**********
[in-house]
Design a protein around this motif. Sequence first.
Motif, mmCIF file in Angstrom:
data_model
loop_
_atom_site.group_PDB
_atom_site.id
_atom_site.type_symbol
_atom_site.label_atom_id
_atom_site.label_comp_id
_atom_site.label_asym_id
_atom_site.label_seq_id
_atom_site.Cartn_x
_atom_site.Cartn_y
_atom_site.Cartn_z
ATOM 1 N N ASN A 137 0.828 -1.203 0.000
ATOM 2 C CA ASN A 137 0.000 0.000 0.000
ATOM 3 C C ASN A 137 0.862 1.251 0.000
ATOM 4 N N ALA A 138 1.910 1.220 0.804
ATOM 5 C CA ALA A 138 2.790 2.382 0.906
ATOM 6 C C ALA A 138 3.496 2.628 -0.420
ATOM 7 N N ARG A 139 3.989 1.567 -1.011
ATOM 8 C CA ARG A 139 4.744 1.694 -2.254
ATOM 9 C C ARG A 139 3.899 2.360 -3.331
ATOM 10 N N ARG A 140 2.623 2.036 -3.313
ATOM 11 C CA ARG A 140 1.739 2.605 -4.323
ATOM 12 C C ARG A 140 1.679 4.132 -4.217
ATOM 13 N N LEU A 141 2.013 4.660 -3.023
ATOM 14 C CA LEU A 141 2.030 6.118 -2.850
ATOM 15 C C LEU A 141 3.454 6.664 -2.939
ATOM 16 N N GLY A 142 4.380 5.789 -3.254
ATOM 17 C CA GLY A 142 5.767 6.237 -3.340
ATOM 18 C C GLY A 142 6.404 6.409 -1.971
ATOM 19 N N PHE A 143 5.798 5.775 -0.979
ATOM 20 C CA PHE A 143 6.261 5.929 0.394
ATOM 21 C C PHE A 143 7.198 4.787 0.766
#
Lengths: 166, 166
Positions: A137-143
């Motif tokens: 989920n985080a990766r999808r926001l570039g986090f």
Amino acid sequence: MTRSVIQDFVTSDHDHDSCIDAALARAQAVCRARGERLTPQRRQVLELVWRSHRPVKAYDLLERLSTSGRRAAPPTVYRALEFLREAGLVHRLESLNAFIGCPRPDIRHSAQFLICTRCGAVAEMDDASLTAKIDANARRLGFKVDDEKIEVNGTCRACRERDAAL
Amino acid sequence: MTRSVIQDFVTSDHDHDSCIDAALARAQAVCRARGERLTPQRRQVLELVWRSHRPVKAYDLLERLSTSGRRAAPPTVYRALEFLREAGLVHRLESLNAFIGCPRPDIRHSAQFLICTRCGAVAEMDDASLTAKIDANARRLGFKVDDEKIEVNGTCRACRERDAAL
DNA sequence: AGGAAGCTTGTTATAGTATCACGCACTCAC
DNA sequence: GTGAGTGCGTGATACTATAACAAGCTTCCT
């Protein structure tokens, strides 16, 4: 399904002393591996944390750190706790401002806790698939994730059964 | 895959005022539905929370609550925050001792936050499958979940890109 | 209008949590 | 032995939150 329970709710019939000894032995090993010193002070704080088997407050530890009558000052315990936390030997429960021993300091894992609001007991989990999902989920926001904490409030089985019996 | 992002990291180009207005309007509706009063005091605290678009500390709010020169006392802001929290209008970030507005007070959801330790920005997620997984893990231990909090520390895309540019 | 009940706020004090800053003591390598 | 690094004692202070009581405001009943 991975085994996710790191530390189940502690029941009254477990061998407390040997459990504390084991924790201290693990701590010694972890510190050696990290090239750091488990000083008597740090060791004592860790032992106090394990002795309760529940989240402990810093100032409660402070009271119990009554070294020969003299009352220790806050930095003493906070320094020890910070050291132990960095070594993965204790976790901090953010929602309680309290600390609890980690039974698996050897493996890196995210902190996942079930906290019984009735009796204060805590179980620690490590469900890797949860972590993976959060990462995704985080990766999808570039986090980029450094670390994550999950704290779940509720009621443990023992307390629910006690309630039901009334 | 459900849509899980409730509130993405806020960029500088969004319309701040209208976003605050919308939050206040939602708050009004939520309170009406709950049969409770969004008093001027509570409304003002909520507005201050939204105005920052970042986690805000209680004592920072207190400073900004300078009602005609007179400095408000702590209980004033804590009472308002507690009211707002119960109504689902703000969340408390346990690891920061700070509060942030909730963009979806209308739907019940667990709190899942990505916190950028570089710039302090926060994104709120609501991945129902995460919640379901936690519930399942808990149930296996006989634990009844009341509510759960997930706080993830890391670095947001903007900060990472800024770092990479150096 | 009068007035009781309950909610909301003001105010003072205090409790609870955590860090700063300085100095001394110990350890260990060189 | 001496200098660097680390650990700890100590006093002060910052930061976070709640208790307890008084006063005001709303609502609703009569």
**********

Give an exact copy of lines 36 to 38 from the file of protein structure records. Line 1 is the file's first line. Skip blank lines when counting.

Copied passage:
ATOM 21 C C PHE A 143 7.198 4.787 0.766
#
Lengths: 166, 166